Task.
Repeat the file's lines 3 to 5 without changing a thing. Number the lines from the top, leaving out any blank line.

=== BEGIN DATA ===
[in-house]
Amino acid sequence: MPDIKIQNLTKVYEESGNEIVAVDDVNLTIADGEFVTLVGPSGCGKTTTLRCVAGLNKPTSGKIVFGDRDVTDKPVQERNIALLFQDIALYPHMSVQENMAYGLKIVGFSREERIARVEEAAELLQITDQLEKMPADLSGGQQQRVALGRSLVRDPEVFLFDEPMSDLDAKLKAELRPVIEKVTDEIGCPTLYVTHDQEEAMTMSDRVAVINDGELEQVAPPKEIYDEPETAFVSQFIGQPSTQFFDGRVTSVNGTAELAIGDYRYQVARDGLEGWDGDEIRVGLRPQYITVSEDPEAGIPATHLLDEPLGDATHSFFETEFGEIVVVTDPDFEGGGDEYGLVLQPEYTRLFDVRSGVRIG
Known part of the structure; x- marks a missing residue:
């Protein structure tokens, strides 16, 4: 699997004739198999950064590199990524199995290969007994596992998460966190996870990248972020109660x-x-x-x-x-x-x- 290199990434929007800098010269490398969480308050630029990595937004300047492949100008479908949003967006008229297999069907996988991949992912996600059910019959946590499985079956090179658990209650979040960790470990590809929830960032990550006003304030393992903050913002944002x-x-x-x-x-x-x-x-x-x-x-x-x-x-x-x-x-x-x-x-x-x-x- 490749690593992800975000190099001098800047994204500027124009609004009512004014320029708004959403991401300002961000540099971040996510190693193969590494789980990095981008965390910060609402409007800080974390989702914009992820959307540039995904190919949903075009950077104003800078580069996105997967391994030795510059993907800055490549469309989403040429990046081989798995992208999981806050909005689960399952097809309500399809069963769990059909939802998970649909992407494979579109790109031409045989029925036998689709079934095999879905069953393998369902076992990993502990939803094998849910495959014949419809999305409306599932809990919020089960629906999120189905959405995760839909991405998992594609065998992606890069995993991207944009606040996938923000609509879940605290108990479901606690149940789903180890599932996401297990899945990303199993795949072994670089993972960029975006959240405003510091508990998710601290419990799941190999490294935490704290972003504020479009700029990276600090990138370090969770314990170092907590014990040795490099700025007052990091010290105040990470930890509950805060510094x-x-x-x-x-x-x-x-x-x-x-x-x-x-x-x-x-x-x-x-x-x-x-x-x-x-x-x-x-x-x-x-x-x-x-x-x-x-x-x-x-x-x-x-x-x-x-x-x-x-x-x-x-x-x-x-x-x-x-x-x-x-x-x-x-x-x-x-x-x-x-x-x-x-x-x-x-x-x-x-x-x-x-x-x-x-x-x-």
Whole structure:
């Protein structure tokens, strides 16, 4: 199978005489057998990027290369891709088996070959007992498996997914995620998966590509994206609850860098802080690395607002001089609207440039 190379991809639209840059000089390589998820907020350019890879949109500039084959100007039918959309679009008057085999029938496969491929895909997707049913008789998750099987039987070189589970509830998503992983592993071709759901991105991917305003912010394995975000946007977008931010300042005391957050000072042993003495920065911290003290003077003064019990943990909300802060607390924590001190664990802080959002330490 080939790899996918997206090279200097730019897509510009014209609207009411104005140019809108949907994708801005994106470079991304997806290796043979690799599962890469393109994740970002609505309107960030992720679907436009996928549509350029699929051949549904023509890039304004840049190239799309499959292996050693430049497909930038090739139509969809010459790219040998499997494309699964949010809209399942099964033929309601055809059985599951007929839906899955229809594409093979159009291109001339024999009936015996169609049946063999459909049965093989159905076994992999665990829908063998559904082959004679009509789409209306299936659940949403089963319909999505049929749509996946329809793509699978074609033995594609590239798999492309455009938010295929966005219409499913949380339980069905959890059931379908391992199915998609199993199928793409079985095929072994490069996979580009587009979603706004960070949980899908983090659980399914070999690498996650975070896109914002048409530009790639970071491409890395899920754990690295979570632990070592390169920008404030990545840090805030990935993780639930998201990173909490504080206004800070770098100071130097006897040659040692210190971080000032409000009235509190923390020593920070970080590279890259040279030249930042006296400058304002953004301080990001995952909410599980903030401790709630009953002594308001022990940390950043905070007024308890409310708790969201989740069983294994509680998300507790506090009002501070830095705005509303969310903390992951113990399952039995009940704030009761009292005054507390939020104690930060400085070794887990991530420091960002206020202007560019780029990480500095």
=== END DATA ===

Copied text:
Known part of the structure; x- marks a missing residue:
């Protein structure tokens, strides 16, 4: 699997004739198999950064590199990524199995290969007994596992998460966190996870990248972020109660x-x-x-x-x-x-x- 290199990434929007800098010269490398969480308050630029990595937004300047492949100008479908949003967006008229297999069907996988991949992912996600059910019959946590499985079956090179658990209650979040960790470990590809929830960032990550006003304030393992903050913002944002x-x-x-x-x-x-x-x-x-x-x-x-x-x-x-x-x-x-x-x-x-x-x- 490749690593992800975000190099001098800047994204500027124009609004009512004014320029708004959403991401300002961000540099971040996510190693193969590494789980990095981008965390910060609402409007800080974390989702914009992820959307540039995904190919949903075009950077104003800078580069996105997967391994030795510059993907800055490549469309989403040429990046081989798995992208999981806050909005689960399952097809309500399809069963769990059909939802998970649909992407494979579109790109031409045989029925036998689709079934095999879905069953393998369902076992990993502990939803094998849910495959014949419809999305409306599932809990919020089960629906999120189905959405995760839909991405998992594609065998992606890069995993991207944009606040996938923000609509879940605290108990479901606690149940789903180890599932996401297990899945990303199993795949072994670089993972960029975006959240405003510091508990998710601290419990799941190999490294935490704290972003504020479009700029990276600090990138370090969770314990170092907590014990040795490099700025007052990091010290105040990470930890509950805060510094x-x-x-x-x-x-x-x-x-x-x-x-x-x-x-x-x-x-x-x-x-x-x-x-x-x-x-x-x-x-x-x-x-x-x-x-x-x-x-x-x-x-x-x-x-x-x-x-x-x-x-x-x-x-x-x-x-x-x-x-x-x-x-x-x-x-x-x-x-x-x-x-x-x-x-x-x-x-x-x-x-x-x-x-x-x-x-x-």
Whole structure: